The election for the next Congress, like that for the presidency, is still over a year away, but already candidates are raking in money like it’s falling off trees. The combined total for just the first half of 2007 is 239M, according to the Federal Election Commission. And as in other cash comparisons, the news is good for Democrats. Total cash raised for Senate races is roughly comparable to the first six months on 2005, coming in at 84.8M. But it’s about double the amount collected the last time these particular seats were in play in 2001, when the total raised to date stood at 43M. Democrats have pulled in 47.6M to the Republican total of 33M. In the House, where all seats are in play every year, 157.8M has been raised, with 94.2M going to Democrats and 63.6M going to Republicans. Taking everything into account, a Reuters report said analysts are looking for somewhere between 2B and 3B in campaign spending this cycle, compared to 1.6B in 2006 and only 900M during the 2004, the most recent presidential cycle.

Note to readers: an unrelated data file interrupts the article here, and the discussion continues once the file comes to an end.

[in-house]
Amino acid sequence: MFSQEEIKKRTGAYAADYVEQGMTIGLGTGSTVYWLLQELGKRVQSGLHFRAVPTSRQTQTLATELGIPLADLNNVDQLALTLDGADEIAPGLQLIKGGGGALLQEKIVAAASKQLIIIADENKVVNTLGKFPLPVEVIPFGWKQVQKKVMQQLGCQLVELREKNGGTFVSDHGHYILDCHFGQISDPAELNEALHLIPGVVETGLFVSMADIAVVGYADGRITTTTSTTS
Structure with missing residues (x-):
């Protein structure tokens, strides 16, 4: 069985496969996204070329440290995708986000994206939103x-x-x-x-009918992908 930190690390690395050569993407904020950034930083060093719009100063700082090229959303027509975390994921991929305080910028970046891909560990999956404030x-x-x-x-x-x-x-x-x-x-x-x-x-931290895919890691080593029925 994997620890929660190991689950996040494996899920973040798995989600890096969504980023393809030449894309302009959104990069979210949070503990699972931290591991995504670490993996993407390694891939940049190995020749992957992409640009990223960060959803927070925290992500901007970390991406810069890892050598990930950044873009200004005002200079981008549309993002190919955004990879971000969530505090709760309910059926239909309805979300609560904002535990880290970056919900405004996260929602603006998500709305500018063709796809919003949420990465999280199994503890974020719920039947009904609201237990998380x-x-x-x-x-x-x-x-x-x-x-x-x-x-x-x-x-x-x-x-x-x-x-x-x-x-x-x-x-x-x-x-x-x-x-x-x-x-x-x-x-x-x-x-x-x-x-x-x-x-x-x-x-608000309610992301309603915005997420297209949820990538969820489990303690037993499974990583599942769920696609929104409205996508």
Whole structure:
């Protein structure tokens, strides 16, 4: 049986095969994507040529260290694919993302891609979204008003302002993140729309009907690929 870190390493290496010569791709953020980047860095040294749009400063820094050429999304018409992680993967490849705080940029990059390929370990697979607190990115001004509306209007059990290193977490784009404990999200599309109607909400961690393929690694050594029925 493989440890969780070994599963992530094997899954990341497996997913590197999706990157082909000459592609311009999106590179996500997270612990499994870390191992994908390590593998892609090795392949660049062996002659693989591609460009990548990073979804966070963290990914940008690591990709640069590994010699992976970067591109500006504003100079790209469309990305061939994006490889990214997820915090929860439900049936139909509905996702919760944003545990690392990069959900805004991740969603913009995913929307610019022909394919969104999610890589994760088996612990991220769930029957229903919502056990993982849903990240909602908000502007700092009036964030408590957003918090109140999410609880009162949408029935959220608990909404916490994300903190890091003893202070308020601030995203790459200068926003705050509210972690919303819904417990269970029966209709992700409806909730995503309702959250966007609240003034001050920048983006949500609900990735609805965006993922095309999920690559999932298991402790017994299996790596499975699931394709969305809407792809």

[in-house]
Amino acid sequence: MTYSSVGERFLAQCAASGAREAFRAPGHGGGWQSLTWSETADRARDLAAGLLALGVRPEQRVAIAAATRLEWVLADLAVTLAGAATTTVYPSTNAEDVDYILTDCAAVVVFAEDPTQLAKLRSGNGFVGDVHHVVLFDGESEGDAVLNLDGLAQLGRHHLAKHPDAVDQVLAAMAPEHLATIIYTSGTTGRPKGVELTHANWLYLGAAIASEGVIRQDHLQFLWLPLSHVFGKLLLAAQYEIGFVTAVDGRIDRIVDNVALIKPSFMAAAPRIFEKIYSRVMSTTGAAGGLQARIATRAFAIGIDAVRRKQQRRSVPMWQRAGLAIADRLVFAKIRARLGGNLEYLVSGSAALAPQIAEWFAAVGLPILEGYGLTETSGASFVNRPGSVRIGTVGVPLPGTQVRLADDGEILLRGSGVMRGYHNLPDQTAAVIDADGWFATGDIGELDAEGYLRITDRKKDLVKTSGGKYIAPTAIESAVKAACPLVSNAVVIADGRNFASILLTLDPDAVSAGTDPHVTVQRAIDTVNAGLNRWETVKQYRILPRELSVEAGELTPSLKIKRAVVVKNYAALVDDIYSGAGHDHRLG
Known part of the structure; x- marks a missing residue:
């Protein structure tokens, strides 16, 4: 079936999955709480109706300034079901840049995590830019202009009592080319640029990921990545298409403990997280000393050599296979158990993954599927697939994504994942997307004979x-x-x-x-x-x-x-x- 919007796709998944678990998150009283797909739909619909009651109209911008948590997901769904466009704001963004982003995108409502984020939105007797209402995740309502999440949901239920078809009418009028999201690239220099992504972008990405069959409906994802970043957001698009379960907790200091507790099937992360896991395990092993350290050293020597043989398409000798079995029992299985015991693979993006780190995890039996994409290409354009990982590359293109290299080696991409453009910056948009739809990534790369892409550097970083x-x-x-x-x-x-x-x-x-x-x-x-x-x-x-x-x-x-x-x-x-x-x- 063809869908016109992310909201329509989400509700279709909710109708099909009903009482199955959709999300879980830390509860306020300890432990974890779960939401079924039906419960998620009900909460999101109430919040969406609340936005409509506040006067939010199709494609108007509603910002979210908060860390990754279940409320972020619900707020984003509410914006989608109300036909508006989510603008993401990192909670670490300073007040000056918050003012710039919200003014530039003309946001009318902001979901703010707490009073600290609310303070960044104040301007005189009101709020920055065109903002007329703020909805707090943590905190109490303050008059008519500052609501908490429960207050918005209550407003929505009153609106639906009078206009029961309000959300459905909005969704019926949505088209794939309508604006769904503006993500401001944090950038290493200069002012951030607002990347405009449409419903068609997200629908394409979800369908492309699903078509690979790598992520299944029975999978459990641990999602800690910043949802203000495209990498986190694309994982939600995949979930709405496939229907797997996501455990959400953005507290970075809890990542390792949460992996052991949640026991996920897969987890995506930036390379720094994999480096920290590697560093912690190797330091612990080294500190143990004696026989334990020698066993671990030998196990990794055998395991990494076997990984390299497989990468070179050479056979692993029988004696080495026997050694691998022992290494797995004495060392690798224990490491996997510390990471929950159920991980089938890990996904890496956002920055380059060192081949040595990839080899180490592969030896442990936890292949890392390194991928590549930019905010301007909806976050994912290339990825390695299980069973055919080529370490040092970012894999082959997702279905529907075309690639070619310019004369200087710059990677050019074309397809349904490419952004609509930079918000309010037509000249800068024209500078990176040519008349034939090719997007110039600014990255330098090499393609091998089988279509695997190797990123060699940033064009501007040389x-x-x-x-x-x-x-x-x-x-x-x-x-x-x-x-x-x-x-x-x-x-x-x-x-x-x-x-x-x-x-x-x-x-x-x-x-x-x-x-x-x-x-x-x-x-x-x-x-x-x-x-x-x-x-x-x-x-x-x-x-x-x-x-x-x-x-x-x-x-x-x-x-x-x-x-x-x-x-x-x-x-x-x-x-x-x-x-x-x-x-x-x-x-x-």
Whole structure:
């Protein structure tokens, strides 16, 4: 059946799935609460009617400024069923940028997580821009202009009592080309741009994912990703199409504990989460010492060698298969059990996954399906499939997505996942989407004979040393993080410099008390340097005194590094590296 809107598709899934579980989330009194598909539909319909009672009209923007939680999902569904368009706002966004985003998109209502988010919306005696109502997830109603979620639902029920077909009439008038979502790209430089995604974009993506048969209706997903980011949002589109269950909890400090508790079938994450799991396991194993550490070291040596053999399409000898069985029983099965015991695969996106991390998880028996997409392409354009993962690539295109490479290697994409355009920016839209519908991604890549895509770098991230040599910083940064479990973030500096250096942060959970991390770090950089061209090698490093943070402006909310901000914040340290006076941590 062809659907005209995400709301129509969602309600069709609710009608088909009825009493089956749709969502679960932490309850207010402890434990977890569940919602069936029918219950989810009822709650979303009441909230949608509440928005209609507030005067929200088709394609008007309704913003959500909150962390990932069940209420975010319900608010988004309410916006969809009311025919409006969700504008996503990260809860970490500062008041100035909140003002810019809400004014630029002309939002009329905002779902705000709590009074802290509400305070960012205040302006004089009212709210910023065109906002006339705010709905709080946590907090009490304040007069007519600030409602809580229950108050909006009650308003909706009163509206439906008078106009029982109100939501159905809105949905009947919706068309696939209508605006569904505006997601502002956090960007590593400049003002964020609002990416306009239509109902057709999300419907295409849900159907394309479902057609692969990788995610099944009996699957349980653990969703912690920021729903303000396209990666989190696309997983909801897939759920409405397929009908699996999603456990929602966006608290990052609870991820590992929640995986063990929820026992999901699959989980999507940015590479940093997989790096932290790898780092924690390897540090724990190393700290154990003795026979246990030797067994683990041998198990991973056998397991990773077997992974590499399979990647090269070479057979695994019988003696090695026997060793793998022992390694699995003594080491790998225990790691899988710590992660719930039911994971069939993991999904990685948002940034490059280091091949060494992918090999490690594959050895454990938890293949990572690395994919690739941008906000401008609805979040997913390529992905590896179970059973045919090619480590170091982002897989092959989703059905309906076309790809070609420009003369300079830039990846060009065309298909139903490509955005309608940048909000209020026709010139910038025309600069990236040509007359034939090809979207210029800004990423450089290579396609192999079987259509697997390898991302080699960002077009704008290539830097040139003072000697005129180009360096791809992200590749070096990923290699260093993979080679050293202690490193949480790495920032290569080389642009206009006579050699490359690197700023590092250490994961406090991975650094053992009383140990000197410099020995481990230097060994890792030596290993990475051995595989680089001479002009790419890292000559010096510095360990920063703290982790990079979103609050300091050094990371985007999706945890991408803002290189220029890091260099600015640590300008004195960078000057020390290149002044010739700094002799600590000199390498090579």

RBR observation: Much is hanging in the air at the moment, but almost all such unknowns seem to favor the expenditure of more, not less, campaign cash. The battle for Congress figures to be just as heated as the 2006 race was, with Republicans trying to regain territory lost and Democrats trying to grow even more. In the presidential race, the increasingly truncated primary season is going to limit the amount of time candidates can spend in many states, forcing ad buys to remain competitive. It will be interesting to see how big a revenue hole opens up after the primary victor emerges, and when the serious air wars for the general election will begin. Stay tuned.